- Captain Ersatz / Suspiciously Similar Song: The movie didn't have the budget to license footage from any of Elvis' movies or any recordings of Elvis' actual music. The TV scene showing old Elvis movies is stock footage with actors who vaguely resemble Elvis without showing their face, and the scene with Elvis performing is using vague Elvis-like music.
- Catch Phrase: All of Elvis' signature phrases are said multiple times. "Thank you very much" and "Takin' care of business"/"TCB" in particular.
- Cessation of Existence: What awaits the souls Bubba devours. Presumably, the ones that fly out of him as he dies hadn't been fully digested yet.
- Credits Gag: The copyright violation warning threatens violators with "the wrath of Bubba Ho Tep". Also, it is stated that Elvis will return in "Bubba Nosferatu: Curse of the She-Vampires".
- After the closing credits on the DVD Elvis says, "Remember to be kind, rewind...well, um, guess you don't need to rewind, with DVD these days."
- Dramatic Unmask: Subverted. The Lone Ranger is unmasked after he dies with no fanfare.
- Dying as Yourself: Because soul-suckin' sumbitch mummies do not a friendly bedmate make.
- Elvis Has Left the Planet: Combined with Alternative Character Interpretation, the real Elvis didn't die of a drug overdose, but had retired in secret.
- Fate Worse Than Death: Bubba Ho Tep consumes and digests the souls of his victims, preventing them from any afterlife. A rather neat way to illustrate why he's such a problem when they'll all be dying soon anyway.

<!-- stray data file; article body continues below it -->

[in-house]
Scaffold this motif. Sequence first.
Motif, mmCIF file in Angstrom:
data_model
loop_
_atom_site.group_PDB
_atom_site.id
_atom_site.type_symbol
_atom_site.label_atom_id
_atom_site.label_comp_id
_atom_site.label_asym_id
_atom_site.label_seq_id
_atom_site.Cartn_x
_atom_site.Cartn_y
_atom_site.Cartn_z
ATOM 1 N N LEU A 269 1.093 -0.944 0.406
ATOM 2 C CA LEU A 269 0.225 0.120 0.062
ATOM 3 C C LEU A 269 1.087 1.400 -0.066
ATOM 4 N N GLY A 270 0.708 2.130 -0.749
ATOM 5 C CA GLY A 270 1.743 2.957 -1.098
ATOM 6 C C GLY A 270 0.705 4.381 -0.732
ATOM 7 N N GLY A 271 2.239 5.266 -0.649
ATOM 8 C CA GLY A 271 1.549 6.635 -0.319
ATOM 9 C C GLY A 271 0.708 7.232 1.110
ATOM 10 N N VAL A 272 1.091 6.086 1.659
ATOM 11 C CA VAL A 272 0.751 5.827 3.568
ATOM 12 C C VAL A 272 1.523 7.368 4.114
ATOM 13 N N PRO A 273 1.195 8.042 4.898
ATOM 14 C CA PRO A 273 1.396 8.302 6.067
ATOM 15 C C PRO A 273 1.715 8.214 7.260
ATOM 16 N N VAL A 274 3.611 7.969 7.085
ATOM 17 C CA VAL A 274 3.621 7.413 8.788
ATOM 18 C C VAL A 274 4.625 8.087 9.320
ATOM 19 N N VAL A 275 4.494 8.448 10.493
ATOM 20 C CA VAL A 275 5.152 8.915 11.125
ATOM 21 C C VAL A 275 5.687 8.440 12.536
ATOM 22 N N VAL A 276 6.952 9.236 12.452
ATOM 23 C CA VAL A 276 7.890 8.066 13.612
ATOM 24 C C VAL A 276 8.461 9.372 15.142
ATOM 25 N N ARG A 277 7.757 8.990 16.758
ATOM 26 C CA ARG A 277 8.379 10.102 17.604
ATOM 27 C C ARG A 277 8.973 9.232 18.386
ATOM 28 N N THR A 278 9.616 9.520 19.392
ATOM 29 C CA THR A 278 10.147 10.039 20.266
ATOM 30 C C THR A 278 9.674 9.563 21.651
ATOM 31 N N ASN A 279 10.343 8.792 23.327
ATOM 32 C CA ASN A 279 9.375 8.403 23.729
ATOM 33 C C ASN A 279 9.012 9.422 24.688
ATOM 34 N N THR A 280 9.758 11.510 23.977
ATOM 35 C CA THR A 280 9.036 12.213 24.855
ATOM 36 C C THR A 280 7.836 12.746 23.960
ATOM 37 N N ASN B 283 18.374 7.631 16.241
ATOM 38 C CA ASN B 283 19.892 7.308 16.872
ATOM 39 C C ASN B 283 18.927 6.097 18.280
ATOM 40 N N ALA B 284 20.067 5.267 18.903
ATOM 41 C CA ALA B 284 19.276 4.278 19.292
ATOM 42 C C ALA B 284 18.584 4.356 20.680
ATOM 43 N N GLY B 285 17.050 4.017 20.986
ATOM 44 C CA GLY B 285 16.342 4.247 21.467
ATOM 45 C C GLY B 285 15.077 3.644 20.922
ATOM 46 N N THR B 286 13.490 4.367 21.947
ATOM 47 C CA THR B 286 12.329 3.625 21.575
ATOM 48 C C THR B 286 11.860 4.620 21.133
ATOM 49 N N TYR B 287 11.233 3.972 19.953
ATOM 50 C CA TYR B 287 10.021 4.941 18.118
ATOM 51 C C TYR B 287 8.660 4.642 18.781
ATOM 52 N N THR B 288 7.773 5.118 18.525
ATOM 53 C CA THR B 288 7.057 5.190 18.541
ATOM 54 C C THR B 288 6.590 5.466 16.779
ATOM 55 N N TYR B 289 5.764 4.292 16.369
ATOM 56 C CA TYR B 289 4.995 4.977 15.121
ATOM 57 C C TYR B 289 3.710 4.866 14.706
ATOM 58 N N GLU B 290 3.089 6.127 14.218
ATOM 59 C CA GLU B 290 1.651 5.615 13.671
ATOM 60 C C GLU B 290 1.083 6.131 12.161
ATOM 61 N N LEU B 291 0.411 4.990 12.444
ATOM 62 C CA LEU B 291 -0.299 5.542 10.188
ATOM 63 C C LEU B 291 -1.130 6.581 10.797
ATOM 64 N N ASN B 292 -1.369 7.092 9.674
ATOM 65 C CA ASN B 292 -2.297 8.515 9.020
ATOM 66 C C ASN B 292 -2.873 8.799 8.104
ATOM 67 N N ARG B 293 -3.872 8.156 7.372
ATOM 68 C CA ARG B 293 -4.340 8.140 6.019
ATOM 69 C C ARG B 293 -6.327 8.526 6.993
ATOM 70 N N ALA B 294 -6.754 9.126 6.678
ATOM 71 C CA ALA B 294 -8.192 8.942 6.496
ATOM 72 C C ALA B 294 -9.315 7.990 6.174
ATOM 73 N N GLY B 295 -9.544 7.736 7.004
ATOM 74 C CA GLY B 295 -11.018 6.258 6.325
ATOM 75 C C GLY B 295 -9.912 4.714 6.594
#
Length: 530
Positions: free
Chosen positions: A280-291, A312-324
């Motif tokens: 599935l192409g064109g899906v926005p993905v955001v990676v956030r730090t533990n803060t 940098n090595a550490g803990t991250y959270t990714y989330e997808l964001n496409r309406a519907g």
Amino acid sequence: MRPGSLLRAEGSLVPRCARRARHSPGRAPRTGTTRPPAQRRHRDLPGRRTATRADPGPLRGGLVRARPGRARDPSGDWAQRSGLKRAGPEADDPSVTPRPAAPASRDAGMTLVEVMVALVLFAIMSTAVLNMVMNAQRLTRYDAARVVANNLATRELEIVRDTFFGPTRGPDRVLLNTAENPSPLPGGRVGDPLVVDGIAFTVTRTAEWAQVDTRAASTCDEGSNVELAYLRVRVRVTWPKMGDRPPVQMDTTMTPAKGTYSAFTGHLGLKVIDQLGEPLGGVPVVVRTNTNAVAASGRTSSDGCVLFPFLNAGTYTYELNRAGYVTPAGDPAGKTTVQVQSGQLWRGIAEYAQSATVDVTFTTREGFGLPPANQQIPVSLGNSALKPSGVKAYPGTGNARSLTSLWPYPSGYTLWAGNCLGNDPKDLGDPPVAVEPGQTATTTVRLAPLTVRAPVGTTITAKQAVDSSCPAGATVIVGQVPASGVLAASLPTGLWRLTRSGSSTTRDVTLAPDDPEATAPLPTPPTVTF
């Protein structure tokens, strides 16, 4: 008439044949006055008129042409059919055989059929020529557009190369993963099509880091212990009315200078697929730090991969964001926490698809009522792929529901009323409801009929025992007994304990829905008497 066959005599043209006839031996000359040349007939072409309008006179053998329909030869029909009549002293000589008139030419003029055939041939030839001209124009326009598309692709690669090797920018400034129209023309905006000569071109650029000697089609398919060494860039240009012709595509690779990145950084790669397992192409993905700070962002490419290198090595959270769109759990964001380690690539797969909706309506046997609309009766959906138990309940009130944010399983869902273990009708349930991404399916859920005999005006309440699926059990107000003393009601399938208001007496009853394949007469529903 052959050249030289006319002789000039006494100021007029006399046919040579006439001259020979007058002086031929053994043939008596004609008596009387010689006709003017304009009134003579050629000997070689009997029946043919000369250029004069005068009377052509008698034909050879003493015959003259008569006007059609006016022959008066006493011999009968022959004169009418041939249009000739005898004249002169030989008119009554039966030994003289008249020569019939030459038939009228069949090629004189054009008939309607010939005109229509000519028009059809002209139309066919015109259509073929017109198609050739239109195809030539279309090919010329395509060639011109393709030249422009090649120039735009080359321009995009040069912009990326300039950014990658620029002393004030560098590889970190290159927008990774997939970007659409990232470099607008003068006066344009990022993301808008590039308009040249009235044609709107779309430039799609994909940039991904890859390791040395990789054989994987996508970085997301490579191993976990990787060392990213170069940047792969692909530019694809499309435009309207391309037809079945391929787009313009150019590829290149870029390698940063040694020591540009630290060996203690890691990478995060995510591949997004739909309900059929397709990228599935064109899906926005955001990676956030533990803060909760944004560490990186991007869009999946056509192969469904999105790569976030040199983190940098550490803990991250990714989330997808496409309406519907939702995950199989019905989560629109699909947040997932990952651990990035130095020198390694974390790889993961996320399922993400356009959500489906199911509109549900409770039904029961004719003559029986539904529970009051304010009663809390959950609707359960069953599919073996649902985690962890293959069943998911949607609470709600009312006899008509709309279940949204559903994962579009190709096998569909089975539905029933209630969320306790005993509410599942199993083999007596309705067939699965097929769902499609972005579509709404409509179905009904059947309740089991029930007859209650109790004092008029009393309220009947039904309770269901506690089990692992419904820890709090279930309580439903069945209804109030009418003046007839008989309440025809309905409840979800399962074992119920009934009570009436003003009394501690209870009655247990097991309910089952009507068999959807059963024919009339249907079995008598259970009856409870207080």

- Genre Busting: It's a hilarious spoof of B-movie monster films, a poignant tale of the decline of Elvis Presley, a parable about how being old does not necessarily make one worthless, a genuinely unnerving horror film and a kickass action movie.
- Heroic Sacrifice: Three: Elvis decides it's better to die killing the mummy than wait and languish to die from the cancer on his penis. JFK goes out in a blaze by ramming the creature with his electric wheelchair. And Kemosabe, who dies earlier in the film facing down the mummy with a pair of cap pistols, dies soul-intact.
- Inner Monologue: Elvis spends a fair part of the film reflecting and philosophizing about what might have been.
- Kill It with Fire: The mummy is destroyed by being doused with a combination of rubbing alcohol and gasoline from an insecticide sprayer and set ablaze.
- Rule of Funny
- Rule of Scary
- Shout-Out: Among the others, the Lone Ranger appears to have ended up in the nursing home as well.
- Sliding Scale of Comedy and Horror
- Stealth Pun: Near the end, the mummy speaks in hieroglyphics... obscene (and fake) hieroglyphics, at that. It's the mummy's curse.
- They Fight Crime: Two legends we only think are dead. They fight one who really is.
- Ultimate Evil: The mummy's presence causes the lights to fade whenever it approaches, keeping it partially obscured for most of the film.
- Unreliable Narrator: As stated, Elvis, JFK, or both could easily be someone besides who they claim to be.
- Whole-Plot Reference: This inspired the AH Dot Com the Series episode The Return of the King.
- Who Shot JFK?: According to JFK, it was Lyndon Johnson and Congress, who proceeded to dye his body black and ship him out when it failed.
- Your Soul Is Mine